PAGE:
Expanded Future Public Access

Lost Coast Redwoods is adjacent to the League’s Shady Dell property and within a quarter-mile of its Cape Vizcaino property. This connectivity offers the potential for the League and its partners to extend the famed Lost Coast Trail southward 5 miles from Shady Dell.

If the League is successful in raising the funds to purchase the Lost Coast Redwoods property, it will survey the landscape and begin to consider options and potential routes for a new trail and future public access. This work would advance the League’s mission to provide all people with opportunities to experience the peace and beauty of the redwoods.

History of the Lost Coast Redwoods Property

Lost Coast Redwoods is in a place where the traditional territories of the Sinkyone, Cahto and Coast Yuki peoples converge. For millennia, these tribal nations have maintained relationships of reciprocity with the landscapes and seascapes of their traditional territories, thus enabling biological diversity and abundance. In the mid-1800s, they were subjected to genocide and forced removal by European American settlers. Tribal nations of this region remain connected to their territories and are revitalizing their roles of traditional guardianship and stewardship.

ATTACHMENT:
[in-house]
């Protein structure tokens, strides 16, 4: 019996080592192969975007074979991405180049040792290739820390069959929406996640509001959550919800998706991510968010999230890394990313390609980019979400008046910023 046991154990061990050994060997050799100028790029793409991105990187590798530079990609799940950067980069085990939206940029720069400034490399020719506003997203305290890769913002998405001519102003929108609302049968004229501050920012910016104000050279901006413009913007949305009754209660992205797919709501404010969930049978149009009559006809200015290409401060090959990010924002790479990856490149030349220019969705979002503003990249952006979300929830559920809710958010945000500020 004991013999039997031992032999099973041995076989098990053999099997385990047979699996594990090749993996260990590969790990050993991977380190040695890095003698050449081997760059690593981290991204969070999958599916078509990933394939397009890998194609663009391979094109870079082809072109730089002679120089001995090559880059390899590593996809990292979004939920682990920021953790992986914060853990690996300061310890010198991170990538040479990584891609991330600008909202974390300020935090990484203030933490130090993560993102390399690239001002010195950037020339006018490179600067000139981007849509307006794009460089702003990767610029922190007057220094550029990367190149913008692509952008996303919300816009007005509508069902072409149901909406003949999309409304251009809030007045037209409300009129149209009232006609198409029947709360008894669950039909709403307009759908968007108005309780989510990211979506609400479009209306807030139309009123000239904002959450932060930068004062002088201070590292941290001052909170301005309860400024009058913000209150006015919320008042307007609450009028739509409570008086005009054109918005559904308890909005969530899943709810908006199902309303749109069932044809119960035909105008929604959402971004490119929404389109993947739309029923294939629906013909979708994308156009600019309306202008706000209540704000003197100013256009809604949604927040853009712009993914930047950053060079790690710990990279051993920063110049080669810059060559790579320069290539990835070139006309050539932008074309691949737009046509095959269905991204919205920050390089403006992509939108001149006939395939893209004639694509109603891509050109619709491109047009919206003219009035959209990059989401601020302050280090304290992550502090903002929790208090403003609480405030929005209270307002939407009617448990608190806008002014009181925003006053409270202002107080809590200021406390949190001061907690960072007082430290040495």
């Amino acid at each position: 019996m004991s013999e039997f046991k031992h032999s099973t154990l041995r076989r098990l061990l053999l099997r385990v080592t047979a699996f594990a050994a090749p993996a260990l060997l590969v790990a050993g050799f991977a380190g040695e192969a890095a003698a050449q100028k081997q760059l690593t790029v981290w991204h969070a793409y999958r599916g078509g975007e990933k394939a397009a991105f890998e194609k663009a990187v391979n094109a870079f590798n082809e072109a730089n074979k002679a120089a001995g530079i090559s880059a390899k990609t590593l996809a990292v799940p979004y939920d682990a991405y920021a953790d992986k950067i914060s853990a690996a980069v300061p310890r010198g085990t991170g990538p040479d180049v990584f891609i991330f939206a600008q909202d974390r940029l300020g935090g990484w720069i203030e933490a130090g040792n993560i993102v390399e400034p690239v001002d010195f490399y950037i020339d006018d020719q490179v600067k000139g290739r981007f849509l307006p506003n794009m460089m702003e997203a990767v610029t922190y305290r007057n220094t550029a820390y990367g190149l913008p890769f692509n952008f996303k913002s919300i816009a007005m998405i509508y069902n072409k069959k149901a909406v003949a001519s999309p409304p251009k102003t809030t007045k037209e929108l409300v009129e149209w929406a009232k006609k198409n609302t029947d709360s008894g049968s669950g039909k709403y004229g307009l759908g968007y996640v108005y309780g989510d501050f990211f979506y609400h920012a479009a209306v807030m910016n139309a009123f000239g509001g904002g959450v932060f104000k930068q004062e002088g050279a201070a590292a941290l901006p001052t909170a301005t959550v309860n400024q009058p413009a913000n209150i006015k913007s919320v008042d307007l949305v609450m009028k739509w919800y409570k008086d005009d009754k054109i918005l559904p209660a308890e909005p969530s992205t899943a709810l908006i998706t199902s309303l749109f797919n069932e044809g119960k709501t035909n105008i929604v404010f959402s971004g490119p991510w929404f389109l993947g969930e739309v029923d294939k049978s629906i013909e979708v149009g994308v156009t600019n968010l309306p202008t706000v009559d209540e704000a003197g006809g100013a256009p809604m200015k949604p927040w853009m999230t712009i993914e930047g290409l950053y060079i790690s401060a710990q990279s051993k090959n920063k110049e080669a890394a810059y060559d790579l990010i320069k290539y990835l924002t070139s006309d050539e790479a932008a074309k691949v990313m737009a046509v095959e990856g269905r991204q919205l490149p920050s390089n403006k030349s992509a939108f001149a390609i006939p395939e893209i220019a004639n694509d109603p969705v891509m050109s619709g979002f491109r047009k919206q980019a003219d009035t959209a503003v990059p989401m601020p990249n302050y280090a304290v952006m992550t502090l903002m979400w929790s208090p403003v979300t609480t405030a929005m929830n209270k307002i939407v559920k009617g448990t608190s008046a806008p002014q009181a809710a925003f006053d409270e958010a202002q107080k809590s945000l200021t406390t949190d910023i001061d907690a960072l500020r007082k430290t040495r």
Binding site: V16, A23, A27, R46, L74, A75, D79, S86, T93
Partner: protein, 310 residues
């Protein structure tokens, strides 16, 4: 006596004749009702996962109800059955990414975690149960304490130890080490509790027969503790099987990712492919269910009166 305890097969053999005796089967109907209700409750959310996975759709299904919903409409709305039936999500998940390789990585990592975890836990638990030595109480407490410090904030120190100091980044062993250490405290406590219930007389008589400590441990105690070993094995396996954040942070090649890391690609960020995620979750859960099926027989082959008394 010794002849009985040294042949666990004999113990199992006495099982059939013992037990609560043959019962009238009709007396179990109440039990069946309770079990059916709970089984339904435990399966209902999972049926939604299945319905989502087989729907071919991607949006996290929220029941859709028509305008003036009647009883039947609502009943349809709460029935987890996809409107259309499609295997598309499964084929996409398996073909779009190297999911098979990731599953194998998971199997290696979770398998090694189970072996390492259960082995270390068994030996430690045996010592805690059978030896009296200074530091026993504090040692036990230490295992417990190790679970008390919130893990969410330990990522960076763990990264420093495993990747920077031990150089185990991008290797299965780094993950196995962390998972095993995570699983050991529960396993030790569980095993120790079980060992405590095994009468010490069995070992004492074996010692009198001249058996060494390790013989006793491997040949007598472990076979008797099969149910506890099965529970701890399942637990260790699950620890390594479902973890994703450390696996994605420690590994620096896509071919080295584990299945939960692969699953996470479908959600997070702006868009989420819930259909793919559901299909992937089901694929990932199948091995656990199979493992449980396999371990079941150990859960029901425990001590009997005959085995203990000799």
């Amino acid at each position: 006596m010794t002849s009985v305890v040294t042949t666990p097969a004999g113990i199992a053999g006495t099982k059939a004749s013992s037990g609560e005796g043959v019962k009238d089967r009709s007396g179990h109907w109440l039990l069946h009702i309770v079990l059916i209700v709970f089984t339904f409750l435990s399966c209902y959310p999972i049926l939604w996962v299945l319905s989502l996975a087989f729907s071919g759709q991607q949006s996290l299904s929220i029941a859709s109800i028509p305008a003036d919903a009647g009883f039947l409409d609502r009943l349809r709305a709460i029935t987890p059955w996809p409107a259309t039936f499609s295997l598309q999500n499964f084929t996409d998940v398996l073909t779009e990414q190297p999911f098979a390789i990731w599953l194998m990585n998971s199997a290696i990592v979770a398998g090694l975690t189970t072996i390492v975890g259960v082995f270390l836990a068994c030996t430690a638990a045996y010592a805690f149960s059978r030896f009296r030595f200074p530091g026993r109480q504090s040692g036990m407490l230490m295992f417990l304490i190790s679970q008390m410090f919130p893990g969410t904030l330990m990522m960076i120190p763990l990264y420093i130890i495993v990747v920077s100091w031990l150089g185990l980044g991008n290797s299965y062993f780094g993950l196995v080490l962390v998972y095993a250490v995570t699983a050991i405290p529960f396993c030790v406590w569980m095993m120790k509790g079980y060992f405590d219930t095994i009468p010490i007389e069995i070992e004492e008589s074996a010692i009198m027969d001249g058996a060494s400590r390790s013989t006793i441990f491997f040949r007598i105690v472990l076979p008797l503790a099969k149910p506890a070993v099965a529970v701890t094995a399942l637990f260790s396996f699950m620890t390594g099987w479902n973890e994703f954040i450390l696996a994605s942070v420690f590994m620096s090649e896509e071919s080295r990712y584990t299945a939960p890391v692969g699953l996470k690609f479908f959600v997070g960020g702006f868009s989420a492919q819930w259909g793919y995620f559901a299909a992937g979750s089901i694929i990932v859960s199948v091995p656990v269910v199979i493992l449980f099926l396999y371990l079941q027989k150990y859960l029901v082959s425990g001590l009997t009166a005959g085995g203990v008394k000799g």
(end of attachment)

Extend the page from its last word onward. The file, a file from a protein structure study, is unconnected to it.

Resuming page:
For more than 100 years, the Lost Coast Redwoods property has been managed for commercial timber, and it is currently zoned for timber and agricultural management. The DeVilbiss family established a ranch here in the late 19th century, and Soper Company has managed the property for timber production since 1963.

Funding the Protection of Lost Coast Redwoods